In what will become an ongoing series exploring omnichannel retail strategies, I’ll be pulling in and dissecting real-world examples of companies and campaigns which are both succeeding and failing, and which for one reason or another, can offer us something to learn & leverage.
To be sure, a true omnichannel approach is one that is going to be ever-evolving as new technologies continue to surface, as new touch points are identified, and as budgets are re-allocated toward this new orientation. But for even the most progressive retailer in today’s world, the biggest issue (once the decision has been made to pursue omnichannelization) has to be where to start. By definition this kind of a strategy covers all possible touch points & pathways, and it’s a radically more complex approach than the principals and well-tested methodologies that we have in place were built to handle.
To answer that I would point us to some of the early entrants into “omni-ness” who seem to be gaining some traction.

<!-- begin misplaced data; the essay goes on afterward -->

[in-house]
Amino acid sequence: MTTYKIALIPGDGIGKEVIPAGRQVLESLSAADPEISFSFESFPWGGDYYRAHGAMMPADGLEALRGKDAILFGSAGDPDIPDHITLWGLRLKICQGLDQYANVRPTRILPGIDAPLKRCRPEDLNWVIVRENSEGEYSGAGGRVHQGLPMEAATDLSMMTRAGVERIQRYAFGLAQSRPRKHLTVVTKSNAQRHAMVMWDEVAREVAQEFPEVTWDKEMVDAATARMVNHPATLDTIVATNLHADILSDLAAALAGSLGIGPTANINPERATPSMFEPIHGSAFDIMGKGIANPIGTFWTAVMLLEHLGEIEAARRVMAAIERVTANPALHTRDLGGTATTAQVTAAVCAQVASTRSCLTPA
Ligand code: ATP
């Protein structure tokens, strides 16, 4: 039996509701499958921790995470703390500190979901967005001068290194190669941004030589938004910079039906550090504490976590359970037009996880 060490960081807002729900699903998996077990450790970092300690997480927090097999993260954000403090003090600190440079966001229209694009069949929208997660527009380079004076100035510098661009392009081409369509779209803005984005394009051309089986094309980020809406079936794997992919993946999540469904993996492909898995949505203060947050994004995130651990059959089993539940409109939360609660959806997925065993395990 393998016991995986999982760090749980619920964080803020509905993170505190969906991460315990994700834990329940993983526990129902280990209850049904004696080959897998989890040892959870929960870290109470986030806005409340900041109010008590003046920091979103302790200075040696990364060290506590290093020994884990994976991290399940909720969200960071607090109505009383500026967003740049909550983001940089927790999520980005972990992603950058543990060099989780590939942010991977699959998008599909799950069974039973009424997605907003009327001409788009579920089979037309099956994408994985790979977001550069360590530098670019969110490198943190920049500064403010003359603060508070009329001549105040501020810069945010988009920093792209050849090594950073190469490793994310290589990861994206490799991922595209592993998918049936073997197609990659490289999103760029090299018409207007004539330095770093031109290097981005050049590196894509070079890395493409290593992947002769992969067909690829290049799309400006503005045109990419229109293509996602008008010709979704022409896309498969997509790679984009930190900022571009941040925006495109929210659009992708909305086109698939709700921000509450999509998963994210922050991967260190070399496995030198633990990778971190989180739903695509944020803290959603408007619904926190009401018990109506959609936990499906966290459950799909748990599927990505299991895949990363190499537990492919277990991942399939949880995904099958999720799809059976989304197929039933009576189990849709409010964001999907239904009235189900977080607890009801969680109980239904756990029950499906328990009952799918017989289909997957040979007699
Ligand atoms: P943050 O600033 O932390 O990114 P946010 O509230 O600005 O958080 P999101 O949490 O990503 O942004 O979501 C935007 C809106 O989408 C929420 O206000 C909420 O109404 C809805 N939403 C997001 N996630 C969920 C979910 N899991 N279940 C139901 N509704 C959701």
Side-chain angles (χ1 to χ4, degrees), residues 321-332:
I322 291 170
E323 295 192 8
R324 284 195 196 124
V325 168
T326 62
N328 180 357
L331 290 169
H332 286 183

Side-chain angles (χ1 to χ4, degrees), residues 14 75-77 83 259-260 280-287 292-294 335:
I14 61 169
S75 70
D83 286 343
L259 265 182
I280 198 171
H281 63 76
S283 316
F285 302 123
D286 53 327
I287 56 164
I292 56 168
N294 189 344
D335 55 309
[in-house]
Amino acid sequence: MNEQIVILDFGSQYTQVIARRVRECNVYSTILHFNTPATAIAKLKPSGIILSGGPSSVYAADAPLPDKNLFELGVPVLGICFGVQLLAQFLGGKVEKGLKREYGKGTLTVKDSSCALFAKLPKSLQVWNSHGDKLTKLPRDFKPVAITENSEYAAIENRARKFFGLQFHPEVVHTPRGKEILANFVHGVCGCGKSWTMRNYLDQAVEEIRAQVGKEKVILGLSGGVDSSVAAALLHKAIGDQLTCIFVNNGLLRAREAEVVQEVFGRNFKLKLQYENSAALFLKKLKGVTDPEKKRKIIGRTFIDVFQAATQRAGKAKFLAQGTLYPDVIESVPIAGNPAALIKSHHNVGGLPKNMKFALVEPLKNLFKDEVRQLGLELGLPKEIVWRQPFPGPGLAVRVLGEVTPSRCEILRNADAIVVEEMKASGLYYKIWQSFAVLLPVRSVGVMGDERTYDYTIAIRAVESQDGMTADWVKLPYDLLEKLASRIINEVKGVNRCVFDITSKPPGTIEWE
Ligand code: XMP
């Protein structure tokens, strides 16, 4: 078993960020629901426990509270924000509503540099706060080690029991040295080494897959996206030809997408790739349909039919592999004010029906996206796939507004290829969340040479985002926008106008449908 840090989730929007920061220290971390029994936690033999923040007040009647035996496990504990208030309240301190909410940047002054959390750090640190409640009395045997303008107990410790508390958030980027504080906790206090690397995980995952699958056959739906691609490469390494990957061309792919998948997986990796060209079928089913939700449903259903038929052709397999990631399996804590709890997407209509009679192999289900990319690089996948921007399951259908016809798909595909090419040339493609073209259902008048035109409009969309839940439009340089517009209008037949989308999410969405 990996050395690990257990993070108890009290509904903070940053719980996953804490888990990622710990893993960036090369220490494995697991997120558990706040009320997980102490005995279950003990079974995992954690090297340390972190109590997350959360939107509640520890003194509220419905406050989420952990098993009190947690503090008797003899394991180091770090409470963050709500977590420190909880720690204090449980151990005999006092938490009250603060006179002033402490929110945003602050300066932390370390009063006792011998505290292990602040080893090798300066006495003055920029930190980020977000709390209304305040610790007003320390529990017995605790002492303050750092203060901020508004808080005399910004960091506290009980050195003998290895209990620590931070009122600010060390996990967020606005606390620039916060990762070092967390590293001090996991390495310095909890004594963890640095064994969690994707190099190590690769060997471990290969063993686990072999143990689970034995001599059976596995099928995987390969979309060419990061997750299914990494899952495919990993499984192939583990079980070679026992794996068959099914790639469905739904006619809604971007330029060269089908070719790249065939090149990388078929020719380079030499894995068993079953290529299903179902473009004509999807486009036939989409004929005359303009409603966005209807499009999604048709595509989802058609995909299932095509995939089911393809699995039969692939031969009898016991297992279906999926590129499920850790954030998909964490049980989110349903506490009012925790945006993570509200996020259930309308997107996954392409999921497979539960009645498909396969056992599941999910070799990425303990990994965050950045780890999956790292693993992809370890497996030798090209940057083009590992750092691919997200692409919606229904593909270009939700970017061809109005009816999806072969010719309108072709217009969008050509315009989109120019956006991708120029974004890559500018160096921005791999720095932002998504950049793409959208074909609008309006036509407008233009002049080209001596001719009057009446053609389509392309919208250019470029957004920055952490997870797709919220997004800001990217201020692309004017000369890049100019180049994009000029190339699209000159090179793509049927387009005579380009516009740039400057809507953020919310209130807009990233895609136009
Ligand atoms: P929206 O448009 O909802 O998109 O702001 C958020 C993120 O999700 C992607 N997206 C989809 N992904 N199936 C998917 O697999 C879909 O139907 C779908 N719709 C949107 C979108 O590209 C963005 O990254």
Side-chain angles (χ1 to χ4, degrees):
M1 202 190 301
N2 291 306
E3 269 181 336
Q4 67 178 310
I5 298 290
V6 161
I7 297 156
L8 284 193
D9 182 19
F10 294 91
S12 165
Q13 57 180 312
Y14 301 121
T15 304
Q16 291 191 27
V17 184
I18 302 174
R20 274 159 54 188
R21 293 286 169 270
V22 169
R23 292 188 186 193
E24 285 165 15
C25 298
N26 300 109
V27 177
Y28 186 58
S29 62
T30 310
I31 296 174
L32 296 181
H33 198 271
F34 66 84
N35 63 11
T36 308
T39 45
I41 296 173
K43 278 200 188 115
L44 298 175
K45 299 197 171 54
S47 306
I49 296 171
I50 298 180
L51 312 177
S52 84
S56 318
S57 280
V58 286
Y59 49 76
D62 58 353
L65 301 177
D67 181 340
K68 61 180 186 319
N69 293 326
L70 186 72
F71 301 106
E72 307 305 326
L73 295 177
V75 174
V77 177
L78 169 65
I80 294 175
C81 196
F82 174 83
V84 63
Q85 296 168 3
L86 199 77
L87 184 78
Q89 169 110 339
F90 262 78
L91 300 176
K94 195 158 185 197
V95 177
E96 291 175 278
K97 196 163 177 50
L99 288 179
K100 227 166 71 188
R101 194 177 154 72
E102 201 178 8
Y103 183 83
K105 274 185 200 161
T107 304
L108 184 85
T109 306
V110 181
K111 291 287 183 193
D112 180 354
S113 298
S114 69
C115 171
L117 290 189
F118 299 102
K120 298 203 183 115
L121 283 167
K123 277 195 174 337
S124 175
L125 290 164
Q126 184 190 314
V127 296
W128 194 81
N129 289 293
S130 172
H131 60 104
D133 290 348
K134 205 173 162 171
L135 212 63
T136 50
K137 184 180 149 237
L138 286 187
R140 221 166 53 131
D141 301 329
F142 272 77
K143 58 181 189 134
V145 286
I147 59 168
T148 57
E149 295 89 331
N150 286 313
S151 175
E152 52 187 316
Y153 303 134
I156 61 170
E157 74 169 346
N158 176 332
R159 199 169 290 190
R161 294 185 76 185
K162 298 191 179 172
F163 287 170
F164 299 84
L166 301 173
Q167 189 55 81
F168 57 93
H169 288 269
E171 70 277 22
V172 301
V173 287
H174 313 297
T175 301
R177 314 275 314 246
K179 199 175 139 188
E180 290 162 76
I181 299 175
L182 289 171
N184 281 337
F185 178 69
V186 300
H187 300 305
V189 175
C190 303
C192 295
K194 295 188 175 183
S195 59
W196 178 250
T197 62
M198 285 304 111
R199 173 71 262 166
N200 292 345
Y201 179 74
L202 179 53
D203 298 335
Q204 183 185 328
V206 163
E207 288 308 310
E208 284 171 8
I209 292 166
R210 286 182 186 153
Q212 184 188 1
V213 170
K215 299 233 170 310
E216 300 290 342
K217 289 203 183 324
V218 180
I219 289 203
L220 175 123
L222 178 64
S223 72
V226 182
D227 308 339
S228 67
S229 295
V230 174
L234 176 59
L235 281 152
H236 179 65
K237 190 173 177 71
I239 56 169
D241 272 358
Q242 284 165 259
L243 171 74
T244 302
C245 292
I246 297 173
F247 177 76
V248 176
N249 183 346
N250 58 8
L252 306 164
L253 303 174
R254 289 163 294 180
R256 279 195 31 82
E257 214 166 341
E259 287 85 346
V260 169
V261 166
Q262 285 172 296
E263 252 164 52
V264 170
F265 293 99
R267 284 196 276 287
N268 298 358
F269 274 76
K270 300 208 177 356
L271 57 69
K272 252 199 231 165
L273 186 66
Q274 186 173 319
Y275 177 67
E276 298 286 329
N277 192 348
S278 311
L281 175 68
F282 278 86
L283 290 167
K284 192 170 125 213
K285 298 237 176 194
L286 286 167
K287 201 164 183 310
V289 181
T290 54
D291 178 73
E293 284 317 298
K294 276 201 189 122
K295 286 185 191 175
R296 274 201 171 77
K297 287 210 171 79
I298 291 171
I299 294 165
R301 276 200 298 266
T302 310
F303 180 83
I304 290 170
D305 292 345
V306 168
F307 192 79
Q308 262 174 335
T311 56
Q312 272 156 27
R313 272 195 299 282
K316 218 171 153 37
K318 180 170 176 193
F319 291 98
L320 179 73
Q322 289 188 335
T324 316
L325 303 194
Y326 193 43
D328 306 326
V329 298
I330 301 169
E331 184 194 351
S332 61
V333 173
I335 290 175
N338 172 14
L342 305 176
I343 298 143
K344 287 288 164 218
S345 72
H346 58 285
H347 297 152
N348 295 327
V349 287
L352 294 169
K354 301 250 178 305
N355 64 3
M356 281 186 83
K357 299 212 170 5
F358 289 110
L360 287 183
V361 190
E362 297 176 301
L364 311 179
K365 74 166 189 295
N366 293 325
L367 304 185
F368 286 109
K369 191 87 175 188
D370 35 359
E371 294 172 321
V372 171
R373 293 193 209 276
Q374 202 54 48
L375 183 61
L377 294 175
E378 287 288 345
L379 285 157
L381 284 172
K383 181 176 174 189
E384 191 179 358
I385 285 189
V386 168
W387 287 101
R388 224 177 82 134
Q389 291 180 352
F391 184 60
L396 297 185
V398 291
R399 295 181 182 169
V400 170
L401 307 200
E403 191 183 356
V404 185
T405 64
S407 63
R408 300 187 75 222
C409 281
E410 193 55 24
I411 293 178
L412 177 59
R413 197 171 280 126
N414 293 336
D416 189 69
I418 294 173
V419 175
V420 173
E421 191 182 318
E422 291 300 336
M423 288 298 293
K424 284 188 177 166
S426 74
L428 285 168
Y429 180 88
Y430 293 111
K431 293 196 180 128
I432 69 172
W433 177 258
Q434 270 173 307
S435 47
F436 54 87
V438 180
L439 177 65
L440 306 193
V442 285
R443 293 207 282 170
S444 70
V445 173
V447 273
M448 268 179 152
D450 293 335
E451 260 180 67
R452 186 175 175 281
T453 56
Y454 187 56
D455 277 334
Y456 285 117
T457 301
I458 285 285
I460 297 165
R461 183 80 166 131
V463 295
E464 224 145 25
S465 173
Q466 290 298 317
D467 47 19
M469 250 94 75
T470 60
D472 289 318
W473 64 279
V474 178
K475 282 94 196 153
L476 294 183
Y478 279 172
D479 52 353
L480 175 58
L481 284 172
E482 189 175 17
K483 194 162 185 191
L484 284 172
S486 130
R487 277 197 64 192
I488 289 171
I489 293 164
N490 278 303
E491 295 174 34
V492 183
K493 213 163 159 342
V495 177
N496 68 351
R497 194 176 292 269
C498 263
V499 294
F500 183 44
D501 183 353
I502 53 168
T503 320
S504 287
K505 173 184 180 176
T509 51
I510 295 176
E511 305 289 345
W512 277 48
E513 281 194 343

Discovering a pathway, Inventing a touchpoint.
Last year, UK retailer Tesco set out to analyze efficiencies in their South Korean unit (Home Plus) and to look for ways either a) work around South Korean’s notoriously fast paced & time-stretched lifestyles in order to gain more grocery sales, or b) leverage that pace instead of working around it. Their ingenious answer was to quite literally bring the store to the consumers as travel en-mass to and from work each day.
By outfitting several of Seoul’s subway stations with large lifelike photographic displays of grocery store shelves with pictures of staple items such as fruit, vegetables and meat, Home Plus was able to insert themselves into the thought processes of hundreds of thousands of people during the peak dayparts when consumers were most likely to be thinking along those lines. I would call this a smart move but certainly not revolutionary.
And then they did something really ingenious. Each of the grocery items on the “virtual shelves” had an associated QR code that the customer could scan – right there in the subway station – and assemble a virtual shopping cart. Payment could be made via their smart phone and, in some cases, the groceries could be delivered by the time the customer arrived home.
Did Home Plus’ campaign in and of itself achieve “omni-ness”? I would have to say no. But they came up with an effective touchpoint in an unlikely pathway and that, it seems to me, is a very good first step towards the ubiquity that omnichannel retailing seems to promise.